(Mirror Daily, United States) – If you’re an astronomy buff, and you want to check out the solar eclipse that will take place on the 8th, or 9th (depending on your location) of March, then you will have to travel to the northern part of the Pacific Ocean. The reason for your trip is given by the fact that next week’s solar eclipse will only be visible in Indonesia.
The solar eclipse that will take place next week is a rare thing indeed. The astronomical phenomenon will start on the Wednesday on the 9th and end Tuesday on the 8th. This is because the eclipse will first be visible on the western side of the date line, where it will already be Wednesday, and will continue towards the Est where it will cross the international date border into the previous day.
The first shadow will cross the western part of Sumatra. Two minutes into the eclipse, the moon will start to throw its shadow on the central and eastern part of the country, enveloping the islands of Belitung and Bangka.
If you’d rather trade Indonesia for a cruise ship, then you’re in luck. There will be one waiting in the Makassar Strait. The sun will be totally covered for almost 3 minutes, give or take fifteen seconds.
The best part of boarding a cruise ship in order to watch an eclipse is the fact that the vessel will be able to chase a good viewing spot in the case in which the sky will be covered with clouds. So the only people that are guaranteed a good show are those who chose water over land.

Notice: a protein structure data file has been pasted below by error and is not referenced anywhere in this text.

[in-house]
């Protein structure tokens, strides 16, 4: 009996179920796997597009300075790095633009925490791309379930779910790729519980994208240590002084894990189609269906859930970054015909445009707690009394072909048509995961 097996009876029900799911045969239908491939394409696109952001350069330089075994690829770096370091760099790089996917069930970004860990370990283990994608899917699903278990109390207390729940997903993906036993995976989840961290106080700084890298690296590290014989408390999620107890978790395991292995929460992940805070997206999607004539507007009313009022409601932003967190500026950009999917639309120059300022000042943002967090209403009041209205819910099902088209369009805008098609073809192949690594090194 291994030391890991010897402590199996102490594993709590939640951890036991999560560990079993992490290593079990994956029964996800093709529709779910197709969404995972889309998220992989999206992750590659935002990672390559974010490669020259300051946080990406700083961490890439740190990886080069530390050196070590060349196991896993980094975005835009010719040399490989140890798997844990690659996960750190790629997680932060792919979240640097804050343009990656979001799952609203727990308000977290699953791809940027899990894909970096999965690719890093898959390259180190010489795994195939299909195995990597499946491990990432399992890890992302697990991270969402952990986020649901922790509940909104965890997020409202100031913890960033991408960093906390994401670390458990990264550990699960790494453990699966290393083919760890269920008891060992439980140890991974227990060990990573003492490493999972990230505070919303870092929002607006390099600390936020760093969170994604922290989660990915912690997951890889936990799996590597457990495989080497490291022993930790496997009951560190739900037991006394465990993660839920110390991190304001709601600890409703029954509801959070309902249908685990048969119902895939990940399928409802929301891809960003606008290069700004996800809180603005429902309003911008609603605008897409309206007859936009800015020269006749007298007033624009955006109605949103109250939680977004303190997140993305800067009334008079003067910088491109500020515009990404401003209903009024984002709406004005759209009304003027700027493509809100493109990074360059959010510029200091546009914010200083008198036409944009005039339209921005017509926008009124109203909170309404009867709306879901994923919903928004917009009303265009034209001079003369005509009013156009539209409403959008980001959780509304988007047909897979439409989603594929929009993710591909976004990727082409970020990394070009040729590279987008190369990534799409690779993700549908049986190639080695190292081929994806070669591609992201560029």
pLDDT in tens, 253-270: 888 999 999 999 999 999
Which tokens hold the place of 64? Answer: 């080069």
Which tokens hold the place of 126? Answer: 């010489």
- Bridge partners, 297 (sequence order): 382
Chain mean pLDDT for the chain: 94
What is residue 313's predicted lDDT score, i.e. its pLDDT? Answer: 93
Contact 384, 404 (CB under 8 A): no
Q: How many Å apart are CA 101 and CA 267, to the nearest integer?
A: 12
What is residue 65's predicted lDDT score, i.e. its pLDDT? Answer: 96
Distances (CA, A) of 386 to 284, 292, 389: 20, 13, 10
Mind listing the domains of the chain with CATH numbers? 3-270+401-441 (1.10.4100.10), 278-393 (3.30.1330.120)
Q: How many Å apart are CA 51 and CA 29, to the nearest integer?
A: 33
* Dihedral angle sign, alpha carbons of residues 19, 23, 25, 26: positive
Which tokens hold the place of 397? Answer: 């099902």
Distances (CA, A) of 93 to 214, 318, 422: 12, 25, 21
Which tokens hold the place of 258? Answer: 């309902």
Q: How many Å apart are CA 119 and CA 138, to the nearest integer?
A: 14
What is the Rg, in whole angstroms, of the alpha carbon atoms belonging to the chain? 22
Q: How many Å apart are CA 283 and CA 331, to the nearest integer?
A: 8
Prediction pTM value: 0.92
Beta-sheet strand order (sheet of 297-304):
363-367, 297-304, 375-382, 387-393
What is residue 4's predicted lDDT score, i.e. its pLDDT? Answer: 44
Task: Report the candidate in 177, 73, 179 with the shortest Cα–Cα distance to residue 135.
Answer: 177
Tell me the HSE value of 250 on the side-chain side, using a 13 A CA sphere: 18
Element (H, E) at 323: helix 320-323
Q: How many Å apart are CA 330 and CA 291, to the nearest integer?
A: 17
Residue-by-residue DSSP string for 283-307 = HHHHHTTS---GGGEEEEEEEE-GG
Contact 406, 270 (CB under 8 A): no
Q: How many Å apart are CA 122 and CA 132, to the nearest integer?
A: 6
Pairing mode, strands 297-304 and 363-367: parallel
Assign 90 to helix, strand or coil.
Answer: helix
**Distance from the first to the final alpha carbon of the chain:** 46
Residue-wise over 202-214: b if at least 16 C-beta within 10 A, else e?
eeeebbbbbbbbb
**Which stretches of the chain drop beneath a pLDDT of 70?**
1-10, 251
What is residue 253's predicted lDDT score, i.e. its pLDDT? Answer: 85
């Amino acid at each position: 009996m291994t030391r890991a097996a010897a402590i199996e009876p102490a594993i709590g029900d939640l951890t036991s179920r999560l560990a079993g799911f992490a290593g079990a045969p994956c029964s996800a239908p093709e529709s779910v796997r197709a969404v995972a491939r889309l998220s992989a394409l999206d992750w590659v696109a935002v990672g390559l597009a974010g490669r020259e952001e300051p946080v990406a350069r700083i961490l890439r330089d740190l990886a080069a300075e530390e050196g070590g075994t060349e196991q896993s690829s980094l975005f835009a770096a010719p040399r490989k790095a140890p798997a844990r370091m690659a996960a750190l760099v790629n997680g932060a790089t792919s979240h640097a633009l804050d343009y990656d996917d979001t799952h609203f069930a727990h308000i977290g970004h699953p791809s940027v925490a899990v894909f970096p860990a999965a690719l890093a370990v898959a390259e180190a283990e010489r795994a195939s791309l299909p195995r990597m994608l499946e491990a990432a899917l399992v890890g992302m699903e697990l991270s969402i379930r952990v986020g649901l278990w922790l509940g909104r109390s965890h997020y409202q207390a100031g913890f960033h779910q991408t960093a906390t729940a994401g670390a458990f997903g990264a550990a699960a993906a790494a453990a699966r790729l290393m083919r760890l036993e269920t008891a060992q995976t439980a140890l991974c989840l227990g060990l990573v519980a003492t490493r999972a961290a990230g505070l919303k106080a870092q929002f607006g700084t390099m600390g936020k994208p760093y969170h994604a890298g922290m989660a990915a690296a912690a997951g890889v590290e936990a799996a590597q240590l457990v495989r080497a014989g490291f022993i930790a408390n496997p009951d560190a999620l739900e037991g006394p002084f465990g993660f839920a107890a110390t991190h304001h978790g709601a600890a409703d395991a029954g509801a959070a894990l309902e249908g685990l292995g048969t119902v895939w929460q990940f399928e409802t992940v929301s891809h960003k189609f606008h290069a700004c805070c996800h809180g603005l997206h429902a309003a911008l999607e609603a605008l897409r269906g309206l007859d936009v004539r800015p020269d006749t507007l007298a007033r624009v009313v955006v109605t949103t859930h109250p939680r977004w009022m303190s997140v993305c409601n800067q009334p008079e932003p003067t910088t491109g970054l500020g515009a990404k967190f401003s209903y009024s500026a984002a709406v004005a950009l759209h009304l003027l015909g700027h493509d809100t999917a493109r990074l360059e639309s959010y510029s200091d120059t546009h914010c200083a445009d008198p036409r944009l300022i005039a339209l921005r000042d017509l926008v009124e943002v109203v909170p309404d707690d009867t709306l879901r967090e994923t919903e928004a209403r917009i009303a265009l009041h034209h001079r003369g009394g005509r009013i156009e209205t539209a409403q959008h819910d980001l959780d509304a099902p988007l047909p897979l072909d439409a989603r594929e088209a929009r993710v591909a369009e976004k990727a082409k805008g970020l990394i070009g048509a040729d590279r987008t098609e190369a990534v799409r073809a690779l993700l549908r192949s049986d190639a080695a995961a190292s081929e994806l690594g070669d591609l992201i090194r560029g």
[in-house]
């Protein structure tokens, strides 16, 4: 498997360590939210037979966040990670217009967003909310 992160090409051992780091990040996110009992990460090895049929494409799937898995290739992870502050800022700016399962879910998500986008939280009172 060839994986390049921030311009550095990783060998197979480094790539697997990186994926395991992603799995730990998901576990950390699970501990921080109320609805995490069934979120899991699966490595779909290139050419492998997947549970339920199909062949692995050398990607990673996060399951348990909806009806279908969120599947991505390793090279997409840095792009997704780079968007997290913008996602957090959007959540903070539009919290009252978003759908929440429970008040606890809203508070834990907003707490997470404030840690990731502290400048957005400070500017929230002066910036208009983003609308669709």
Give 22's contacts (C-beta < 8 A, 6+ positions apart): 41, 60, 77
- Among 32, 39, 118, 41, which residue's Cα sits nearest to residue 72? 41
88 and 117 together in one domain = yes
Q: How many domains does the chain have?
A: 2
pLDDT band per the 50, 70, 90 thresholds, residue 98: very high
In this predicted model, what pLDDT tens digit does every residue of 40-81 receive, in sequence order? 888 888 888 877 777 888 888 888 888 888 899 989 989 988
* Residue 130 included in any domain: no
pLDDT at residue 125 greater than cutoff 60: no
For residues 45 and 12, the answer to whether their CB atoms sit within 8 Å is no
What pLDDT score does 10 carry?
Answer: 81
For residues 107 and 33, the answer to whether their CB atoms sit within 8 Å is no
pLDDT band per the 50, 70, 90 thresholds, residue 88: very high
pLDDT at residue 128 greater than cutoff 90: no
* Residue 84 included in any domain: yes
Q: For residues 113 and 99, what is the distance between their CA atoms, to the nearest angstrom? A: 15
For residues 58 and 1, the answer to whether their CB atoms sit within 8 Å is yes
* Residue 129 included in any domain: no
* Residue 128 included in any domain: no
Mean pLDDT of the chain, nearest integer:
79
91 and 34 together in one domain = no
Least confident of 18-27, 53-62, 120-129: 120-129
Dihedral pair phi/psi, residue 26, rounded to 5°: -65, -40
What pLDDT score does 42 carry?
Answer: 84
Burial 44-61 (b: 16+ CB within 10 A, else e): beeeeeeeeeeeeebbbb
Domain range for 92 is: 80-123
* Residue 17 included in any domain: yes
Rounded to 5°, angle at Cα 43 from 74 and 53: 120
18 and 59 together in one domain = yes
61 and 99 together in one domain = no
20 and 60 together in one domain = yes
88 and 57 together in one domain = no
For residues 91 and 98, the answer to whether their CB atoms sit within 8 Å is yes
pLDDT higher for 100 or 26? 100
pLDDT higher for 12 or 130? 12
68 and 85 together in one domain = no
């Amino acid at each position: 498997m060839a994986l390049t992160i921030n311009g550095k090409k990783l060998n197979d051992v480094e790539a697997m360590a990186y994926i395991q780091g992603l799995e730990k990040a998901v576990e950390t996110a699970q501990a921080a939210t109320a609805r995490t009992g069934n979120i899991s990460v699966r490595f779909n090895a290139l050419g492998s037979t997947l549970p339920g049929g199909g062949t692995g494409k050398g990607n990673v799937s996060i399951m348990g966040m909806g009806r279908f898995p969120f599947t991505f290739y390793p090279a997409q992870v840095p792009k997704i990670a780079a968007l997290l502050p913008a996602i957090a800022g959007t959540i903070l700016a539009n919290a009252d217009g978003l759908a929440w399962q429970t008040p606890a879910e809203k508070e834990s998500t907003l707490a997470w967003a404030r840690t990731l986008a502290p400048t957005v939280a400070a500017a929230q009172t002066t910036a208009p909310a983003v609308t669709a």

After performing above the Makassar Strait, the eclipse will move even further east towards the southern parts of Borneo and the northern parts of Sulawesi.
Then it’s on to the Molucca Sea, Halmahera and the South Pacific. The inhabitants of the southern parts of Guam will be able to see roughly 84 percent of the phenomenon.
But the maximum duration will be experienced by the people in the Philippines, more precisely the ones who live on the eastern side of Manila.
The shadow of the moon will leave the Earth somewhere near the northeast part of the Hawaiian Islands. The total duration of the phenomenon on all of the Earth’s surface will be of a bit of three hours and twenty minutes.
It’s a shame that next week’s solar eclipse will only be visible in Indonesia and some other few isolated parts of the world. But the good news is that the Slooh Observatory will host a live webcast of the phenomenon.
Image source: www.wikimedia.org